In the market-place, too, current developments are raising questions. For example, in many sectors, profitable customers will receive ever more benefits and extras, whereas marginal customers are excluded from service or have to pay for it. This is fully in line with today's business logic, but it is a development that many people do not want, and it is not what organisations are saying in public. Marketing is playing a 'cat-and-mouse' game with the consumers. Consumers have to discover and unravel complex and ever-changing offers, - or accept a poor deal. It adds to the perception that companies are telling the truth but rarely the whole truth. Many consumers do not mind and consider this the price they pay for a continuing flow of interesting new products, but a growing minority is sceptical. They occasionally wonder whether purchasing new products or services is worth the hassle. As these consumers see it, the customer is not "king" but rather the company's opponent or its target. In spite of 'customer relations management' initiatives and a multitude of new services, this minority has potential to grow. These demanding consumers may be the ones who set the agenda for the future.
If "the people" are developing into society's driving force, this does not imply all people. Nor are all employees affected by ambivalent incentives, or all consumers by scepticism about marketing techniques. Within the process of structural change, there are large differences between the various players. Socio-cultural research has identified groups of people that each have their own and very specific values, concerns and aspirations ( for example, Sociovision's "Sinus Milieux"). A few general observations can illustrate the point. In every society we find pragmatists, who are results-oriented and agree with whatever works best. To others in the population, this looks quite shallow. They feel that their lives are worthwhile only if they are appreciated by the people around them, in a community that is based on "give and take". Then we have groups who are fascinated by change, and who are curious to find out how they would cope in a very different world. These socio-cultural differences touch on every sphere of life, and it is interesting to note that the differences within Western nations exceed the differences between nations. Against this background, it is to be expected that cross-border movements are gaining in importance.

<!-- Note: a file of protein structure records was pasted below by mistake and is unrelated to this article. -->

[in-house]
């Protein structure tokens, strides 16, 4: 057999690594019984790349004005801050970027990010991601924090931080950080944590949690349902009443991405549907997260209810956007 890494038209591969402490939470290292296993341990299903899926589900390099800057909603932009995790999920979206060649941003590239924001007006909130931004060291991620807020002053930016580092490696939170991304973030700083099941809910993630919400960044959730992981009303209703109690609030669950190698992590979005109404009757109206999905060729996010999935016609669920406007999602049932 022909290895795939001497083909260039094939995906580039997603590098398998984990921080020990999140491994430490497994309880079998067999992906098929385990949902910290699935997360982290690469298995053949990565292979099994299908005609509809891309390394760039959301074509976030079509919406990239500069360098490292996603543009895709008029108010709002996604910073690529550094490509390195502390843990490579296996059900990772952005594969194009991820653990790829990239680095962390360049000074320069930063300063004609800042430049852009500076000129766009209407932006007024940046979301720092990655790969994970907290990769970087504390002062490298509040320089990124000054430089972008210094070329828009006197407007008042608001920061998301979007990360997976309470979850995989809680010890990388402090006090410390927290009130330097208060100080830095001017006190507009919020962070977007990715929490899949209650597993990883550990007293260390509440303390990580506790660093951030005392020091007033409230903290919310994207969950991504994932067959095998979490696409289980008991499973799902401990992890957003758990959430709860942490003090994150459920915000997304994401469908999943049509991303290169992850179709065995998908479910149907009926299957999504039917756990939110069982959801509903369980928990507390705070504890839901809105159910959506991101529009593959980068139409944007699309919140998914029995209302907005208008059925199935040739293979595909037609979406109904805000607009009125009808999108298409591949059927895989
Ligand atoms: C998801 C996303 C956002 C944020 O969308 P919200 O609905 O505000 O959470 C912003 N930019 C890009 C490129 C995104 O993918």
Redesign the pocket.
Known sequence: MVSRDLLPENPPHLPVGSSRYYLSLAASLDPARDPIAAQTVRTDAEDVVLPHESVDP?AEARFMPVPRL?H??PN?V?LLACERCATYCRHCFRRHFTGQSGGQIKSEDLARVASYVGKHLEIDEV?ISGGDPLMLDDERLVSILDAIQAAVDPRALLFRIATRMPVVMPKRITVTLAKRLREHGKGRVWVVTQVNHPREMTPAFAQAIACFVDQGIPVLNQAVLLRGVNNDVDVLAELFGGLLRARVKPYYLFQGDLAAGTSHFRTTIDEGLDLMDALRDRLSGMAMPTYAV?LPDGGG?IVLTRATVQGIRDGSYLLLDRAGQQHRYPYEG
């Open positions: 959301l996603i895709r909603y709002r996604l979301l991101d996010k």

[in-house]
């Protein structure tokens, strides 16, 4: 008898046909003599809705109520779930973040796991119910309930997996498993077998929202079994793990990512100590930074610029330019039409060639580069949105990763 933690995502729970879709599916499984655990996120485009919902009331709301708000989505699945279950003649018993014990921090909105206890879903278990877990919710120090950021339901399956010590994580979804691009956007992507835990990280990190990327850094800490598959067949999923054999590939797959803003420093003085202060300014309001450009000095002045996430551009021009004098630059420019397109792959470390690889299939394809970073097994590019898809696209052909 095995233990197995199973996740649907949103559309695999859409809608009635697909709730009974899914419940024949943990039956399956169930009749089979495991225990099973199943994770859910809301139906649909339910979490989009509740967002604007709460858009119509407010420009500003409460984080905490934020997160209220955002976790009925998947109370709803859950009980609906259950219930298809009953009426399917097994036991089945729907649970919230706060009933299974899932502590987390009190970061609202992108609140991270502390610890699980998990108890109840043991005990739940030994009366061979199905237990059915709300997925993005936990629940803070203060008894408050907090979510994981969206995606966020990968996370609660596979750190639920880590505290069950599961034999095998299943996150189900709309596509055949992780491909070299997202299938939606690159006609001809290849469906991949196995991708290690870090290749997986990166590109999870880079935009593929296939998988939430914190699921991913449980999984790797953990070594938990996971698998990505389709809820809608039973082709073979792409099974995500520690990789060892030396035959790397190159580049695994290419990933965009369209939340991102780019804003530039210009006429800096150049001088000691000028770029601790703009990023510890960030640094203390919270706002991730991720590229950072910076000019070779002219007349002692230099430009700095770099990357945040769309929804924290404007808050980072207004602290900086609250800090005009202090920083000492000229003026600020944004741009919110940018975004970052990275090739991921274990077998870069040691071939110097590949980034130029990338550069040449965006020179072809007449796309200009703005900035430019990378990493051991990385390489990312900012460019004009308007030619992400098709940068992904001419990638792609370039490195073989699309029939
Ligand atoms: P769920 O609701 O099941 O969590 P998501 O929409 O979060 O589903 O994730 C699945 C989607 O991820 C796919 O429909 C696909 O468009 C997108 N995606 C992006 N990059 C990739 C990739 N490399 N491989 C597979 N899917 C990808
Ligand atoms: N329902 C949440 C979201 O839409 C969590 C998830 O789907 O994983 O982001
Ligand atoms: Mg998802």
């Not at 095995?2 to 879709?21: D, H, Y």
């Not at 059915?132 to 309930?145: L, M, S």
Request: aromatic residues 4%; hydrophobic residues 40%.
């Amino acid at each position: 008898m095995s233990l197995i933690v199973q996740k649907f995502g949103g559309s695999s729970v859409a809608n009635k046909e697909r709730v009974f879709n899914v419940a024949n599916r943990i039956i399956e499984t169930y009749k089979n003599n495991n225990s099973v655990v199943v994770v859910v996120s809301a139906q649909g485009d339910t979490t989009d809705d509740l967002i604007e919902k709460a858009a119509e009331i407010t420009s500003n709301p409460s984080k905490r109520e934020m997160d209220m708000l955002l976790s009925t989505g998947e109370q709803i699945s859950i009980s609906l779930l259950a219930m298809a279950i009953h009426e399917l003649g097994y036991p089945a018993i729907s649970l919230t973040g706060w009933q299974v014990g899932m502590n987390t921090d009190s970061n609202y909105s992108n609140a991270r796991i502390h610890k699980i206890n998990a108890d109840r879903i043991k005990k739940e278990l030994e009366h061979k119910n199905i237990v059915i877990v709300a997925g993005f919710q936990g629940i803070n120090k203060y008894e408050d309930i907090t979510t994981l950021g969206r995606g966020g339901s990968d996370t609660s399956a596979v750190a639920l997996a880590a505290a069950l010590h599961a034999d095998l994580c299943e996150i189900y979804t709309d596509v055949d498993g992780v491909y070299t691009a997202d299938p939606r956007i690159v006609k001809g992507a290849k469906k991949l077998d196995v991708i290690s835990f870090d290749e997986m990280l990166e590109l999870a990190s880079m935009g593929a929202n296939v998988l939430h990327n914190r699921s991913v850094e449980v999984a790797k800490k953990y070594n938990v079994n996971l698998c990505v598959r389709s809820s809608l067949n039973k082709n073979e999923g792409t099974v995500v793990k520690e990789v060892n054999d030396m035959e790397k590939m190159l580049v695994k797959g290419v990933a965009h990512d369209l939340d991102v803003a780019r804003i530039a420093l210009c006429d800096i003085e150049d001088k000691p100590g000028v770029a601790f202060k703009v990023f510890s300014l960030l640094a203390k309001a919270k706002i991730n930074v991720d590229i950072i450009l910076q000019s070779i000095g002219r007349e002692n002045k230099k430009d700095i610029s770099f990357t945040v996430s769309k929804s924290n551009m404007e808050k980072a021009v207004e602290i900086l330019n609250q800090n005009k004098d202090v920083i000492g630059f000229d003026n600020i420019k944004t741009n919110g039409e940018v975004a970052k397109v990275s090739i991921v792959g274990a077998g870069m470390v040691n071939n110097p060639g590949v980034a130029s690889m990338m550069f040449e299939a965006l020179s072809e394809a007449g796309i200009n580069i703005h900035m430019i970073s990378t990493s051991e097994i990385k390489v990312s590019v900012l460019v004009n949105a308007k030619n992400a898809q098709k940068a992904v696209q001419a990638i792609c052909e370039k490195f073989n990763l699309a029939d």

Regardless of appearances, different people can have very different motivations and aspirations in everything they do. In politics, surveys and focus groups show which policies will do well with which segments of the population. In marketing, companies explore aspirations and attitudes, before they decide for which groups of people they develop a new product or advertising campaign. In management, the diversity of values and aspirations is equally important. Decisions depend on how decision-makers see and interpret the world around them, and hence on their values and beliefs. In a team, it is essential to agree on the correct interpretation of the state of affairs. Dialogue can only develop if there is a common language, and if it is clear "where everybody is coming from". Assuming that the "people dimensions" become more important, in both business and politics, it is also important to explore why people are behaving the way they do, and to visualise the implicit assumptions on which their behaviour is based.
The above developments are accelerated by globalisation and democratisation - pervasive forces that cross demarcation lines and weaken traditional hierarchies. Globalisation is not just a trade issue, but also the gradual world-wide convergence of concepts and values. Globalisation encourages people to see different perspectives, and to identify the right questions before they look for answers. Democratisation encourages them - as citizens, consumers and employees - to impose their own criteria and to challenge the top-down view of the world. It is essential to include these dimensions in the major decision-making processes. Particularly in the 1990s, we developed new instruments for systematically addressing the problems of the quantitative world. Now we need tools that can address the qualitative world of people-dimensions and diverse perspectives. Traditionally, we used "hard" facts for making "hard" policy decisions, and "soft" facts – if we accepted that these existed at all – for "soft" policies. Increasingly, we will need both for all major policies. Dialogue can only be built on a combination of "hard facts" and "soft facts". This requires (or rather, this will create); a new balance between numbers and opinions, between expertise and empathy, between facts and feelings.